Assume: EBIT is $1,000 in perpetuity 100 shares of stock Marginal tax rate = 35% ks if all equity financed = 12% What is the value of the firm? Example Continued
Assume that $3,000 of perpetual debt with a coupon rate of 8% is issued with the proceeds used to repurchase shares. What is the new value of the firm and price per share? So All Firms Should Have Lots of Debt Right?
1984 Internet Computers Chemical Man. Food Man. Paper Man. Air Transport Truck Transport Utilities Textile Mills Hotels 5% 9% 14% 17% 19% 37% 22% 34% 26% 41% 1990 2% 15% 16% 17% 25% 26% 27% 32% 42% 51% 1996 3% 7% 13% 18% 22% 24% 26% 28% 39% 38% 2001 1% 9% 17% 21% 33% 28% 27% 32% 35% 44% Why is leverage moderate and why is there so much cross-sectional variation? Costs of Financial Distress Potential Financial Distress Costs:
Reputational Problems Reductions in Credit Disputes between stakeholders Legal fees Extra time spent dealing with these problems How Costly is Financial Distress?
Study of 31 highly levered firms (MBO or leveraged recap from 1980-1989) that defaulted on debt or attempted to restructure. Authors measured firm value 2 months prior to event and as soon as possible after resolution of problems. 16 firms at exit from Ch. 11 8 firms following recap via fresh IPO 5 firms sale of company 1 firm liquidation Median value loss is about 20%. Additional Costs (+Benefits) of Debt
Agency Costs of Debt
High levels of leverage may induce managers to make inappropriate decisions. Need for monitoring by debtholders increases with leverage. Agency Benefits of Debt:
Forces payout of cash. Incentive to management to work hard. Determining Your Debt Capacity
Will more debt substantially increase the probability that firm cannot make required payments? Level of Earnings Before Tax. Variability in Earnings Before Tax. Affected by operating leverage. If firm gets in financial distress, will significant value be lost? Access to capital market. Growth (need for continued financing) Collateralizability of assets. Degree of competition. Reputational concerns. Optimal Capital Structure (I)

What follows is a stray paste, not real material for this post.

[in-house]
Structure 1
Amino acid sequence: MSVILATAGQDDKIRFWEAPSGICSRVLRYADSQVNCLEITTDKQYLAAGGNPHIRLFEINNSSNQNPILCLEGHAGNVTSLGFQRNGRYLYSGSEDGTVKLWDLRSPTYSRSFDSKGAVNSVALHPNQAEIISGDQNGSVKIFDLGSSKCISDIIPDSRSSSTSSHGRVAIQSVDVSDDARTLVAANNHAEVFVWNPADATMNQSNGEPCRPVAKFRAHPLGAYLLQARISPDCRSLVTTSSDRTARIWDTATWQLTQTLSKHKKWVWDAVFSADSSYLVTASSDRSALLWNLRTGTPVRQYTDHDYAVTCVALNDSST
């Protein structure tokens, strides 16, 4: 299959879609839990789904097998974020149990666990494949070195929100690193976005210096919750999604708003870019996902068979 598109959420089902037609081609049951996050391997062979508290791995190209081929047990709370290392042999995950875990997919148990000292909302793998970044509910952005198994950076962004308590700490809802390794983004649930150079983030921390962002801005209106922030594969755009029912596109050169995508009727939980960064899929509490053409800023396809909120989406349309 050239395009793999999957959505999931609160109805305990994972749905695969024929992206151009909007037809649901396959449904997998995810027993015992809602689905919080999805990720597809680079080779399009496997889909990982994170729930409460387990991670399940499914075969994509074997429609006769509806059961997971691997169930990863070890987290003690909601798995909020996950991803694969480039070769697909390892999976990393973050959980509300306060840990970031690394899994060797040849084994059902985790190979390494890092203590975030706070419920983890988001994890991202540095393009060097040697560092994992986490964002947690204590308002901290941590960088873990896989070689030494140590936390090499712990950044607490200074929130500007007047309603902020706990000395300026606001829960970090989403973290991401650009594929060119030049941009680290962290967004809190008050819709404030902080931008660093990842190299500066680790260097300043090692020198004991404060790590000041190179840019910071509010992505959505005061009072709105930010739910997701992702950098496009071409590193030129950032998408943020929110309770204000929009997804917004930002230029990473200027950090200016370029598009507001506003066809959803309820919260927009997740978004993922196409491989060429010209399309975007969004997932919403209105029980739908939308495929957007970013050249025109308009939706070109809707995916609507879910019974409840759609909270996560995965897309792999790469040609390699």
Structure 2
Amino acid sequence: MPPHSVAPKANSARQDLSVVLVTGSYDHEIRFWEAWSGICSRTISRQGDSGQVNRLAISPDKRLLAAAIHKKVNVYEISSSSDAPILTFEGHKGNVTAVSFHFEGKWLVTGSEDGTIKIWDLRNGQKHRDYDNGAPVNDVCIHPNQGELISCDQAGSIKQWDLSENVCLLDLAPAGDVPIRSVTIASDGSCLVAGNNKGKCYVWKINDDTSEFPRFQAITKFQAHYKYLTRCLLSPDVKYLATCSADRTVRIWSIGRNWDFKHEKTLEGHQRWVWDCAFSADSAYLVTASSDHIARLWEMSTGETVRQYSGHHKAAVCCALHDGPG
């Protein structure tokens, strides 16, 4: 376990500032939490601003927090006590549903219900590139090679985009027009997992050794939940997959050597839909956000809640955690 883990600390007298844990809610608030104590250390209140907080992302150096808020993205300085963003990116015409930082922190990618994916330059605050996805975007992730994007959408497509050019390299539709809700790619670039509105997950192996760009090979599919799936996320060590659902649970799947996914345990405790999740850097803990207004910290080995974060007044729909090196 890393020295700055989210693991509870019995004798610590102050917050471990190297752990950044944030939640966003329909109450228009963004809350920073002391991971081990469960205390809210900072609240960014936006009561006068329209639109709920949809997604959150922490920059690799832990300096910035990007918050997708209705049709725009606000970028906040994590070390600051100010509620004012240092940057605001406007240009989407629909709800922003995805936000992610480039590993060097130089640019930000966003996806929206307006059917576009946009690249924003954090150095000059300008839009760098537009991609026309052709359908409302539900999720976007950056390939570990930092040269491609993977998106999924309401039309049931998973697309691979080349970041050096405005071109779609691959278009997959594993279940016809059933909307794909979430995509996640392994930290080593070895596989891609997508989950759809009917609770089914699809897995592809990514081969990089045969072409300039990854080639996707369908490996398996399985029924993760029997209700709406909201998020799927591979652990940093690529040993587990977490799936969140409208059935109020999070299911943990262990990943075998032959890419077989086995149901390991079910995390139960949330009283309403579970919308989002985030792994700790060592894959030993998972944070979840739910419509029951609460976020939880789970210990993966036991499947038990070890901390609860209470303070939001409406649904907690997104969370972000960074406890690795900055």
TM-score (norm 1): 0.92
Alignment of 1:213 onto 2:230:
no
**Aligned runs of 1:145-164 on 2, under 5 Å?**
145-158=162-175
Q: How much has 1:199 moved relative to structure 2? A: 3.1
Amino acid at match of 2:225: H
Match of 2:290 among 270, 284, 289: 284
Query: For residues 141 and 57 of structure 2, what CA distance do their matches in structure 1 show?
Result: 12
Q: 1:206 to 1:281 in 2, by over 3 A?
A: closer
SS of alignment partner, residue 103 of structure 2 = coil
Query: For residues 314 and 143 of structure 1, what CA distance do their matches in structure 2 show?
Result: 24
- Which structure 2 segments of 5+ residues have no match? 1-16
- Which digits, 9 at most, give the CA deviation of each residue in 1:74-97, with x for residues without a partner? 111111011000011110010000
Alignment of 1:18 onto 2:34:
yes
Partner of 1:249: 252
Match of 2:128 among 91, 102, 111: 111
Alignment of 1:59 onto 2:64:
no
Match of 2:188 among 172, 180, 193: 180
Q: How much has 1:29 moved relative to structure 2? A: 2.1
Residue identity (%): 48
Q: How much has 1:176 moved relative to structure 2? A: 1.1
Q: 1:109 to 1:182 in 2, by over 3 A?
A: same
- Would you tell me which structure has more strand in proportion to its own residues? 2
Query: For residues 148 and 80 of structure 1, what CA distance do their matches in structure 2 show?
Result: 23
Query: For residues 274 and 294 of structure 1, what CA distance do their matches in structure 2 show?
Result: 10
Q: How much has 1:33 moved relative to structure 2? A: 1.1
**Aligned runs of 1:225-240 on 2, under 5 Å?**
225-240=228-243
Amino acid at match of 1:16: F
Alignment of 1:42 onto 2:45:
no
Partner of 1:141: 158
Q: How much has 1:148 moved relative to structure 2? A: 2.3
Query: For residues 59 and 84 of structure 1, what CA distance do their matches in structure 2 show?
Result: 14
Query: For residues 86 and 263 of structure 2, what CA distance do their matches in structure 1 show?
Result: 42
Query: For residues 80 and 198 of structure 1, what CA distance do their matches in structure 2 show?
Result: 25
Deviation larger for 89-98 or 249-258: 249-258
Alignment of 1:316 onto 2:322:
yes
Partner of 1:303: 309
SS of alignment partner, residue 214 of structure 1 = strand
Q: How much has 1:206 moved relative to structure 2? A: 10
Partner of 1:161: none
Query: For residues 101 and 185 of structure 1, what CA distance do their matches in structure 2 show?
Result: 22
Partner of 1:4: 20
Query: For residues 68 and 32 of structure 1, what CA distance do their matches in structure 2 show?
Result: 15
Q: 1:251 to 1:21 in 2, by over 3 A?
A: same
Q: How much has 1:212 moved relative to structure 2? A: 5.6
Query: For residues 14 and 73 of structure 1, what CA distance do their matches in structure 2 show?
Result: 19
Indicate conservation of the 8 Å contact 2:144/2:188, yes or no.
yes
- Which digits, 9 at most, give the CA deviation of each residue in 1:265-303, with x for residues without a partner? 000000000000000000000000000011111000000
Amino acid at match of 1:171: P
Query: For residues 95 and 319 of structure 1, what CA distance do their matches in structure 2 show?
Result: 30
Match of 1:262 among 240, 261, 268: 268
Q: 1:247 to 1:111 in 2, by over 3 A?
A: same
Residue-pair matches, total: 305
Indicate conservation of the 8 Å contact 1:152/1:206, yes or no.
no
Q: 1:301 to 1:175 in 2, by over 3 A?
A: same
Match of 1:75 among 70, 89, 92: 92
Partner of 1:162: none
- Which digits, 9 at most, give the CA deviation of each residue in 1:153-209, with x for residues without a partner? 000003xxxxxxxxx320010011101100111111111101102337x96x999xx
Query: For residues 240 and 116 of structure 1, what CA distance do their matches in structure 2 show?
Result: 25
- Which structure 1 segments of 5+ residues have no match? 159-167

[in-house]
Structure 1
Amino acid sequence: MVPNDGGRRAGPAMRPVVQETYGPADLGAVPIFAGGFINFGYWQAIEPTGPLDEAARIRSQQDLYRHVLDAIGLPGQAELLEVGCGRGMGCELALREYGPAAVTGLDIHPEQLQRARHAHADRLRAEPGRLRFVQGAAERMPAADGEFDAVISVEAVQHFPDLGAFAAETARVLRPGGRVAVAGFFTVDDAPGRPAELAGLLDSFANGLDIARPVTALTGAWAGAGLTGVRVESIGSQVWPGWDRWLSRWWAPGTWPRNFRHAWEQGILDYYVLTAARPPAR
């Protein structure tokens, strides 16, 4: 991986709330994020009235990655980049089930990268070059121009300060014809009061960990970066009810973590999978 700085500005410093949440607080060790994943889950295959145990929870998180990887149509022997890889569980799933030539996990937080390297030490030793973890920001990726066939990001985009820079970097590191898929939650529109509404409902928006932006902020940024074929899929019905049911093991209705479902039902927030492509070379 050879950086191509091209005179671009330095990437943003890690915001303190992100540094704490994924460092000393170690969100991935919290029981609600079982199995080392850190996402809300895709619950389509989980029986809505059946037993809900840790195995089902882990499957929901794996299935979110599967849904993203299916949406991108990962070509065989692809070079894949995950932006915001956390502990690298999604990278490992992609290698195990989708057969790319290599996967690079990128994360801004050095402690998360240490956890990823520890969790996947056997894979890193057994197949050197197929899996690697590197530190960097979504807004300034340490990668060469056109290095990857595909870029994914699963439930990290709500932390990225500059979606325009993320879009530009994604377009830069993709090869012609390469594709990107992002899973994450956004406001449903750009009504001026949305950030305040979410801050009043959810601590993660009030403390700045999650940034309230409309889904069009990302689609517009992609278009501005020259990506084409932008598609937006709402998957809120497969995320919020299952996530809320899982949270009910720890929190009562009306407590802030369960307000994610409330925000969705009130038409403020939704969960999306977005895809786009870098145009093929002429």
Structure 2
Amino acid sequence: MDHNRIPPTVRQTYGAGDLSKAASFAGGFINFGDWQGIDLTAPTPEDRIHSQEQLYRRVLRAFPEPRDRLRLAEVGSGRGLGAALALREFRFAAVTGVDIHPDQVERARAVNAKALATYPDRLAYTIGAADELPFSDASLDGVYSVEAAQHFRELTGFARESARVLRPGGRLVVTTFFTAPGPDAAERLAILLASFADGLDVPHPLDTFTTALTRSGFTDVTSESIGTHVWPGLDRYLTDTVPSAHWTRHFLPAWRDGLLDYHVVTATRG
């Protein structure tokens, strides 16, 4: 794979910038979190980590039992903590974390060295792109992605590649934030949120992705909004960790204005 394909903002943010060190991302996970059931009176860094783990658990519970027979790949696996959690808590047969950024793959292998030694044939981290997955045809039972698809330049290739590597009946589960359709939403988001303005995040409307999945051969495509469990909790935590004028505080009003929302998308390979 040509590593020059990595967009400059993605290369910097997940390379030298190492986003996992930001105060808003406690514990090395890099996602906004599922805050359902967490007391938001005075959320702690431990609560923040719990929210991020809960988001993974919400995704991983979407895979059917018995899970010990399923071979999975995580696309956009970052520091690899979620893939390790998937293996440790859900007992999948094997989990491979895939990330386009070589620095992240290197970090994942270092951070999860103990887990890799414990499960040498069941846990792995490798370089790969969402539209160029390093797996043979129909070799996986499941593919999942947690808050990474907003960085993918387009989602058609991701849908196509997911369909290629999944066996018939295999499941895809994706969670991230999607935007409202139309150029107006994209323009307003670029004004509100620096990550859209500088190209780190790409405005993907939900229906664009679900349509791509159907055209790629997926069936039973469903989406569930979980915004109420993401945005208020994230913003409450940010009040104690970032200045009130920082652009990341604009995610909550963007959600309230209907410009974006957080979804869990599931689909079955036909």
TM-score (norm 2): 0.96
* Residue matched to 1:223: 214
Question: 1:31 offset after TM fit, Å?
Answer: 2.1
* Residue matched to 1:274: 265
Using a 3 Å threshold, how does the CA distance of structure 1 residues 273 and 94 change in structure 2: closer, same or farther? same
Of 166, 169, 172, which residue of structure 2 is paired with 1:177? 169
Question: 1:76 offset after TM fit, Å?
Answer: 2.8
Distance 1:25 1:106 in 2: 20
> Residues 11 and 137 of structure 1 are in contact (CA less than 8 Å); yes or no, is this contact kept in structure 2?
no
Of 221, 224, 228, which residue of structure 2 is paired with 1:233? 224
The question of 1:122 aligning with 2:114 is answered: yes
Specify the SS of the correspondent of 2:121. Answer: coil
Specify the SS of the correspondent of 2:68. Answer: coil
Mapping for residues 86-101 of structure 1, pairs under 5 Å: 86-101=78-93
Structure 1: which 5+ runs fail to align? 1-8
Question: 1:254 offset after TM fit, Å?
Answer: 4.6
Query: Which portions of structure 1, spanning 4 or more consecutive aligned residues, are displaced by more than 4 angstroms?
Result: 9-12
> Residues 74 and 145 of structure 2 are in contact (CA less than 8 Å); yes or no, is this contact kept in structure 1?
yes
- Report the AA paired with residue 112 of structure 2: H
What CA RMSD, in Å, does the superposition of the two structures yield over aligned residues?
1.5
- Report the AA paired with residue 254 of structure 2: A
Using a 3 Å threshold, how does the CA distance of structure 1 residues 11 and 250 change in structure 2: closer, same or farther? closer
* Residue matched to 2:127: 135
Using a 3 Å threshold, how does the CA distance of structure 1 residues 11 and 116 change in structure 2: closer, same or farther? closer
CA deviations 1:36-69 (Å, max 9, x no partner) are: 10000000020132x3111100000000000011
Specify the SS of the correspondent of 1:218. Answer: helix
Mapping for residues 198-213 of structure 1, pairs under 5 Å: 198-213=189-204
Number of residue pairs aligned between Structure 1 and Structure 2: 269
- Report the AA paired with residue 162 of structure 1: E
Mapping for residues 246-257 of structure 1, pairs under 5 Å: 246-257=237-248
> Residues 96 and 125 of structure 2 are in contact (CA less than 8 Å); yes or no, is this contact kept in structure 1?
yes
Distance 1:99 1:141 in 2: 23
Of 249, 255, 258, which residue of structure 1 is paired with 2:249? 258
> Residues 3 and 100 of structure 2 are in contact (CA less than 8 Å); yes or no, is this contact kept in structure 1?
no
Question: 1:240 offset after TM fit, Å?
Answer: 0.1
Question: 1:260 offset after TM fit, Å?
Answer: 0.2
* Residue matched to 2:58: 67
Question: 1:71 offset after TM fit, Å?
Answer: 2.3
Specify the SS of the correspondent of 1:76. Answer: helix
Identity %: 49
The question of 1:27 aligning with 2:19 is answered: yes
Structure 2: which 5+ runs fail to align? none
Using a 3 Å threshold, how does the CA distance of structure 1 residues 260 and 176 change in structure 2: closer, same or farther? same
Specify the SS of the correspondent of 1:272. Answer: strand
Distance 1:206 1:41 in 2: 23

Value of the Firm as a Function of Capital Structure (with Corporate Income Tax, Financial Distress Costs, and Agency Costs) Is That It?
Everything discussed thus far is characterized as Static Trade-off Theory: Each firm has an optimal capital structure where Firm value is maximized, WACC is minimized Marginal cost of debt = marginal benefit Firms have no reason to stray from their optimum once they attain it. Firms will take action to reduce debt when leverage is too high and increase debt when leverage is too low. One Additional Complication Asymmetric Information ....Akerlof's Lemons Problem. Assume a firm is attempting to increase equity capitalization from $1 billion to $1.1 billion via a Seasoned Equity Offering (SEO). What will typically happen to share price at announcement?
Is this effect big enough to matter? Is the same effect likely if the firm decides to raise $100 million via a debt issue? Is the same effect likely if the firm announces an intention to use $100 million of internal cash rather than returning it to shareholders? Result: The Pecking Order Most firms state that they do have an optimal (static) capital structure. However, firms are typically very cautious and stockpile resources (reduce leverage) to avoid having to issue equity in a pinch. The Pecking Order: Firms rely as much as possible on retained earnings (internal finance). First recourse for outside finance is usually debt. Firms at their debt capacity may forego investment. Last resort is to pursue an SEO...but evidence also suggests firms "time" the market. Stylized Facts Consistent with Pecking Order
1. Most investment is financed with internal funds. Likelihood of an SEO by an established firm is <2% per year Source of Funds Data (The Pecking Order) Internal ~ 60% Debt Issues ~ 24% Accounts Payable ~ 12% Stock Issues ~ 4% 2. 3. 4. Managers express concern about "maintaining financial flexibility." More profitable firms are usually low leverage. Firms tend to issue stock after price run-ups exactly the opposite of what a "rebalancing" firm would do. Some International Evidence on Leverage
Median Debt to Capital (1995)
45% 40% 35% 30% 25% 20% 15% 10% 5% 0%
Ja pa G er n m an y Fr an ce ng do m Ca na da at es St Ita ly Book Market te d Un i Source: Rajan & Zingales, 1995, What do we know about capital structure? Some evidence from international data, Journal of Finance 50, 1421-1460 Un i te d Ki Summary Leverage increases expected cash flows to equity while at the same time increasing variability (risk) of cash flows. M&M irrelevance: Firm value is independent of leverage. WACC is independent of leverage. ks goes up "enough" to counter increase in expected cash flows. Summary
M&M with real world assumptions: Firm value and WACC change with leverage. Initial increase in firm value (decrease in WACC) is due to tax benefit of debt. Subsequent decrease in firm value (increase in WACC is due to cost of "too much" debt. Firms have an optimal capital structure where marginal benefit of an additional $ of debt = marginal cost. ...